I keep heading east towards Winchester, VA but the hwy transforms into a divided one and it makes me a little sad but what are you going to do. Gas stations start to become more and more frequent and my sweeper-fest seems as if it might come to an end. Soon I see a Wal-Mart and an Applebee’s, a sigh for the freeway and a Middle School
I pulled into a quaint little diner, the kind of place that I have been looking for but seem to find closed and not likely to reopen anytime soon. There are probably seating for 35 people and b&w checkerboard floors, everyone seems to know everyone and I think to myself, as I get into a political conversation with the nicest lady, “This is America and I’m proud to experience it before it becomes unrecognizable.” I drive through Winchester and find a great, moderately large, community with walk only markets and parks. The kind of place I would like to return to with more time to explore.
On the far side of Winchester I pick up hwy 7, which quickly turns into a 2 lane then a 4 lane at the base of a mountain. I was a little disappointed to find that it turned into another everyday freeway type road and in rebellion I saw the word Greenway, which turns out to be code for toll road. I follow it in to 495 and after a few wrong turns and tolls (apparently if you don’t have 75 cents cash to pay the toll they make you pay by mail, even though they wouldn’t accept cash on the exact same road 10 miles ago.) I am on my way. 495 wasn’t nearly as scary as everyone lead me to believe, however it is exceptionally confusing, I want to give thanks to Steve Jobs and his wonderful product, the iPhone, for getting me thorough it. By this time I am noticing that the temperature is starting to seem a little excessive and realize that while I had taken the liner out of my riding pants at the diner, I had not removed my long underwear. I pick a Burger King and head for the bathroom, the stall was horribly small and I caused the toilet to flush a minimum of 7 times while changing. They must have thought a 4 year old had locked himself in and was playing with the new found toy, the automatic flush-o-matic noisemaker. I take 495 to 5 and immediately get stuck in construction traffic. At the next exit I decide to stop. I have never before been so thankful that I took the time to shed a layer, because, come to find out, it was 84 degrees. Yes, you heard right. I left home in Indianapolis it was about 40 degrees, I went to sleep last night and it was about 35 degrees, I woke up this morning and it is 45 degrees and now it is 84.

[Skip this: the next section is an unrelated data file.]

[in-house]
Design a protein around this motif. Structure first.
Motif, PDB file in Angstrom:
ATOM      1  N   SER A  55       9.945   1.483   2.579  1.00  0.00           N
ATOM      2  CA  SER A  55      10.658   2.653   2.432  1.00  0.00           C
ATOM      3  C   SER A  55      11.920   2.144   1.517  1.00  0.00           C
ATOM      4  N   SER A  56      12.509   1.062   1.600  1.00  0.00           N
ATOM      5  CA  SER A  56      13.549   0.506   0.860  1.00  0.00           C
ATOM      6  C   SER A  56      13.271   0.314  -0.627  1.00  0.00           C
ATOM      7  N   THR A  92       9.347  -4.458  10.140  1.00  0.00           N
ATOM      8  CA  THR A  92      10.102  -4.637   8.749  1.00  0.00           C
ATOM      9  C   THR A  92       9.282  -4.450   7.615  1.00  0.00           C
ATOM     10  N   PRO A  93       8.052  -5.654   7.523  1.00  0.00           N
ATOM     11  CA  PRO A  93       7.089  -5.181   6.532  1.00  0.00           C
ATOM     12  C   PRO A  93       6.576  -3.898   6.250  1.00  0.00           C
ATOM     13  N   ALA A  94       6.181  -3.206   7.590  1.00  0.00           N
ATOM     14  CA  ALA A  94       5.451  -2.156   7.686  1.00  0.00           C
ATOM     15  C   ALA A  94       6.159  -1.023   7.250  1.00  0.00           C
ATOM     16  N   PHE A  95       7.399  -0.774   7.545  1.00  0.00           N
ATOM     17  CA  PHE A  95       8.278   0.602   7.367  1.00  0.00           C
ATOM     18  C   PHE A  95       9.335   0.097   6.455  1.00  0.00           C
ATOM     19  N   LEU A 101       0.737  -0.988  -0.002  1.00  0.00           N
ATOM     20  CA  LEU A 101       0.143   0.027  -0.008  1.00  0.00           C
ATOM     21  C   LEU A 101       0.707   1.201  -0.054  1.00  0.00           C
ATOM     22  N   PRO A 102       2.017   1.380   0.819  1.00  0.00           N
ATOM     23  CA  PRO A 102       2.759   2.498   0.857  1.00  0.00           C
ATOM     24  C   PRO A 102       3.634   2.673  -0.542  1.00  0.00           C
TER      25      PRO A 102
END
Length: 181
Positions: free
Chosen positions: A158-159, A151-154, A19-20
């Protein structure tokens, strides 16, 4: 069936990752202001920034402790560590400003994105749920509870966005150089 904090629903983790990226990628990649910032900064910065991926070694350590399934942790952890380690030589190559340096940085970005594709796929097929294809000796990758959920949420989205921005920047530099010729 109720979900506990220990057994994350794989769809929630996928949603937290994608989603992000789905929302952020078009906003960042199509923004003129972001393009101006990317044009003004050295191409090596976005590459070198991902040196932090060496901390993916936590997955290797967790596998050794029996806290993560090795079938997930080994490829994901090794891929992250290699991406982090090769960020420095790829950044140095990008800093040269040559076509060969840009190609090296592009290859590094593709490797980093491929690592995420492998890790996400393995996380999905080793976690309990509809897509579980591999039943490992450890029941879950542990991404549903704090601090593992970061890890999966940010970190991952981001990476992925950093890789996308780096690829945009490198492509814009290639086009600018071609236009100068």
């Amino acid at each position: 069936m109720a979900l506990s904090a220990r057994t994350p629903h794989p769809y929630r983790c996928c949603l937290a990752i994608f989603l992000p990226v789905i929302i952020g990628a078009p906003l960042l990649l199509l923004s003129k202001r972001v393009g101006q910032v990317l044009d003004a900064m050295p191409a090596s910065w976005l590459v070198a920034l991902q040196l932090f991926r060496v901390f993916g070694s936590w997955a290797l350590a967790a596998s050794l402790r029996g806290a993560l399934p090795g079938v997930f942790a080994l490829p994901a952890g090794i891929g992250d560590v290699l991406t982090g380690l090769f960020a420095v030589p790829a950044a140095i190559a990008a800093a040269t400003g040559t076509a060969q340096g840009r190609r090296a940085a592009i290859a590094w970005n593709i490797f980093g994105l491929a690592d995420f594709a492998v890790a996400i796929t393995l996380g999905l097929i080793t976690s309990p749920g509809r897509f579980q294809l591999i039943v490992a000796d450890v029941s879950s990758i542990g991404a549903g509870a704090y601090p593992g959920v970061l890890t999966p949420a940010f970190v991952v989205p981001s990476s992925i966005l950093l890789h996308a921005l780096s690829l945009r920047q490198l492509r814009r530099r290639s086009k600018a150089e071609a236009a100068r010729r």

As I left the house this morning for my trip to Maryland I immediately started to regret not having brought along my associates so that we could have put this trip to video (the idea is to make this a video blog after all). I left my home in downtown Indianapolis and headed East on 70 making a quick pit stop to fill one tank and empty another. Apparently, not everyone has experienced the sensation of urgently having to pee while being encased in an obscene number of layers, which seems to limit their empathy for those in that state. While my hobby is riding motorcycles, the stocky gentleman with the protruding Neanderthal eyebrows seemed to make a hobby out of making an altercation where none should be. In my haste, I failed to lock the door to the one seater, which apparently deserves comment even after a dual apology. Anyway, my trip across 70 from Indy to Columbus, OH was uneventful and barely worthy of mention except for the fact that the topographical resemblance between that stretch of road and a pool table, combined with a wind advisory, made for a few interesting banking exercises when combined with passing 18 wheelers. I actually stopped in Dayton for a sporting goods store to purchase a few cold weather additions to my wardrobe but, as it is the beginning of April, I was informed that the lion’s share of that stock had been sent back to the warehouse because the season is almost over. I was able to find a ski mask type thing, who’s only success was to fog up both my glasses and my visor, and neoprene fishing gloves, which weren’t thick enough to stand alone or thin enough to comfortably fit under the gloves I had without making my hands cramp and sweat. 2 strikes, $24, and 30 min. wasted.